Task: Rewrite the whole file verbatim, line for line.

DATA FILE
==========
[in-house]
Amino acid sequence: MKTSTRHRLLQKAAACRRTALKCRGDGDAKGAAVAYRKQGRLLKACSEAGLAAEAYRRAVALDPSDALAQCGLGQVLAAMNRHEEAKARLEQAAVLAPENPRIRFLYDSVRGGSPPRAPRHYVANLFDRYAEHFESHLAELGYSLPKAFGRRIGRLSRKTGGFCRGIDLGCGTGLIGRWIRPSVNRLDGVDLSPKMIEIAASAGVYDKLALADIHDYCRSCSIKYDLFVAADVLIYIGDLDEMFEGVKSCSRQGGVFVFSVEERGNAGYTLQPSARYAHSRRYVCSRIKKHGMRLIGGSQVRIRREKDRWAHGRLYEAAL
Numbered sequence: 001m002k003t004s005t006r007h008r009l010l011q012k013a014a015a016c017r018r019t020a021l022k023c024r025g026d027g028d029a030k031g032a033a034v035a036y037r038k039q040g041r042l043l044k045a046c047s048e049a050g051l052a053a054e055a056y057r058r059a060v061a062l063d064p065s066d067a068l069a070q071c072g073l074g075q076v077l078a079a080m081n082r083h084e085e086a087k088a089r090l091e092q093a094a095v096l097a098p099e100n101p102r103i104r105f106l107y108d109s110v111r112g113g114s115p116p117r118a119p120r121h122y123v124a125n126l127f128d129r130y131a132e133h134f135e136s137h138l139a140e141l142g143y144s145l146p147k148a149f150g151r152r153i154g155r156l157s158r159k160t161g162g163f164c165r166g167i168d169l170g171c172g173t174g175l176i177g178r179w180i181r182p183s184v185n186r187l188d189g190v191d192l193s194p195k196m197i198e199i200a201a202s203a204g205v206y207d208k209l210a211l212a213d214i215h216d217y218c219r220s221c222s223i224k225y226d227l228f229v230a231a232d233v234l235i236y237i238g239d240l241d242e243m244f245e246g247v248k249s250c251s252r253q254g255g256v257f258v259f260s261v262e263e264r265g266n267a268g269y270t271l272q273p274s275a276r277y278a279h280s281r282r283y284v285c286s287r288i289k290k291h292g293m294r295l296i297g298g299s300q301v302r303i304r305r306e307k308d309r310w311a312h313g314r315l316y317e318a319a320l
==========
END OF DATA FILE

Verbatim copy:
[in-house]
Amino acid sequence: MKTSTRHRLLQKAAACRRTALKCRGDGDAKGAAVAYRKQGRLLKACSEAGLAAEAYRRAVALDPSDALAQCGLGQVLAAMNRHEEAKARLEQAAVLAPENPRIRFLYDSVRGGSPPRAPRHYVANLFDRYAEHFESHLAELGYSLPKAFGRRIGRLSRKTGGFCRGIDLGCGTGLIGRWIRPSVNRLDGVDLSPKMIEIAASAGVYDKLALADIHDYCRSCSIKYDLFVAADVLIYIGDLDEMFEGVKSCSRQGGVFVFSVEERGNAGYTLQPSARYAHSRRYVCSRIKKHGMRLIGGSQVRIRREKDRWAHGRLYEAAL
Numbered sequence: 001m002k003t004s005t006r007h008r009l010l011q012k013a014a015a016c017r018r019t020a021l022k023c024r025g026d027g028d029a030k031g032a033a034v035a036y037r038k039q040g041r042l043l044k045a046c047s048e049a050g051l052a053a054e055a056y057r058r059a060v061a062l063d064p065s066d067a068l069a070q071c072g073l074g075q076v077l078a079a080m081n082r083h084e085e086a087k088a089r090l091e092q093a094a095v096l097a098p099e100n101p102r103i104r105f106l107y108d109s110v111r112g113g114s115p116p117r118a119p120r121h122y123v124a125n126l127f128d129r130y131a132e133h134f135e136s137h138l139a140e141l142g143y144s145l146p147k148a149f150g151r152r153i154g155r156l157s158r159k160t161g162g163f164c165r166g167i168d169l170g171c172g173t174g175l176i177g178r179w180i181r182p183s184v185n186r187l188d189g190v191d192l193s194p195k196m197i198e199i200a201a202s203a204g205v206y207d208k209l210a211l212a213d214i215h216d217y218c219r220s221c222s223i224k225y226d227l228f229v230a231a232d233v234l235i236y237i238g239d240l241d242e243m244f245e246g247v248k249s250c251s252r253q254g255g256v257f258v259f260s261v262e263e264r265g266n267a268g269y270t271l272q273p274s275a276r277y278a279h280s281r282r283y284v285c286s287r288i289k290k291h292g293m294r295l296i297g298g299s300q301v302r303i304r305r306e307k308d309r310w311a312h313g314r315l316y317e318a319a320l